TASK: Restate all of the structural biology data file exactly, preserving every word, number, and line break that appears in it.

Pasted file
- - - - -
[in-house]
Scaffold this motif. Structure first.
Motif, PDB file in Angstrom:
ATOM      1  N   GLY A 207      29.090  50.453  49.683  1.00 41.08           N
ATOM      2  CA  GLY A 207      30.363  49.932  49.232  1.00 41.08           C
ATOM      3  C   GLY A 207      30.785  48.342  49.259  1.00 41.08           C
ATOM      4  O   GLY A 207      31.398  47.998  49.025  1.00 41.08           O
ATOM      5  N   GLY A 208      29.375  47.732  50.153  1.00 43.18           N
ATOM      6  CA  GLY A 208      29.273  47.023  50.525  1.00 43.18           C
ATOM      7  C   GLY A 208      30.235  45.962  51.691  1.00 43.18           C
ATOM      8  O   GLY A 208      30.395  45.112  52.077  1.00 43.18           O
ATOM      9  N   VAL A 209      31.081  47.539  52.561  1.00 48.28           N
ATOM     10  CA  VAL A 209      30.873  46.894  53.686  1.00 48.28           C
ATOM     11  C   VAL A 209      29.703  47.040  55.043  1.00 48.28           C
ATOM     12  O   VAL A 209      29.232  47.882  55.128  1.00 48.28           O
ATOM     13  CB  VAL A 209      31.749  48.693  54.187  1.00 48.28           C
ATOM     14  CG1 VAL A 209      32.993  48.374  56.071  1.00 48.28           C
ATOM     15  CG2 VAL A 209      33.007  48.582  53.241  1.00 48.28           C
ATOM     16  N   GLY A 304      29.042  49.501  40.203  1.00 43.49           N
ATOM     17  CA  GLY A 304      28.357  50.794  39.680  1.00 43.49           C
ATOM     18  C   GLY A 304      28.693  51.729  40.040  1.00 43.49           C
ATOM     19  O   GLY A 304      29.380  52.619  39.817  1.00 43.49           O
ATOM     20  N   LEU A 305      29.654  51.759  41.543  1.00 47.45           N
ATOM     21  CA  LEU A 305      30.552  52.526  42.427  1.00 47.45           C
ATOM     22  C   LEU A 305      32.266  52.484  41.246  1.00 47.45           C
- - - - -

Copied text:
[in-house]
Scaffold this motif. Structure first.
Motif, PDB file in Angstrom:
ATOM      1  N   GLY A 207      29.090  50.453  49.683  1.00 41.08           N
ATOM      2  CA  GLY A 207      30.363  49.932  49.232  1.00 41.08           C
ATOM      3  C   GLY A 207      30.785  48.342  49.259  1.00 41.08           C
ATOM      4  O   GLY A 207      31.398  47.998  49.025  1.00 41.08           O
ATOM      5  N   GLY A 208      29.375  47.732  50.153  1.00 43.18           N
ATOM      6  CA  GLY A 208      29.273  47.023  50.525  1.00 43.18           C
ATOM      7  C   GLY A 208      30.235  45.962  51.691  1.00 43.18           C
ATOM      8  O   GLY A 208      30.395  45.112  52.077  1.00 43.18           O
ATOM      9  N   VAL A 209      31.081  47.539  52.561  1.00 48.28           N
ATOM     10  CA  VAL A 209      30.873  46.894  53.686  1.00 48.28           C
ATOM     11  C   VAL A 209      29.703  47.040  55.043  1.00 48.28           C
ATOM     12  O   VAL A 209      29.232  47.882  55.128  1.00 48.28           O
ATOM     13  CB  VAL A 209      31.749  48.693  54.187  1.00 48.28           C
ATOM     14  CG1 VAL A 209      32.993  48.374  56.071  1.00 48.28           C
ATOM     15  CG2 VAL A 209      33.007  48.582  53.241  1.00 48.28           C
ATOM     16  N   GLY A 304      29.042  49.501  40.203  1.00 43.49           N
ATOM     17  CA  GLY A 304      28.357  50.794  39.680  1.00 43.49           C
ATOM     18  C   GLY A 304      28.693  51.729  40.040  1.00 43.49           C
ATOM     19  O   GLY A 304      29.380  52.619  39.817  1.00 43.49           O
ATOM     20  N   LEU A 305      29.654  51.759  41.543  1.00 47.45           N
ATOM     21  CA  LEU A 305      30.552  52.526  42.427  1.00 47.45           C
ATOM     22  C   LEU A 305      32.266  52.484  41.246  1.00 47.45           C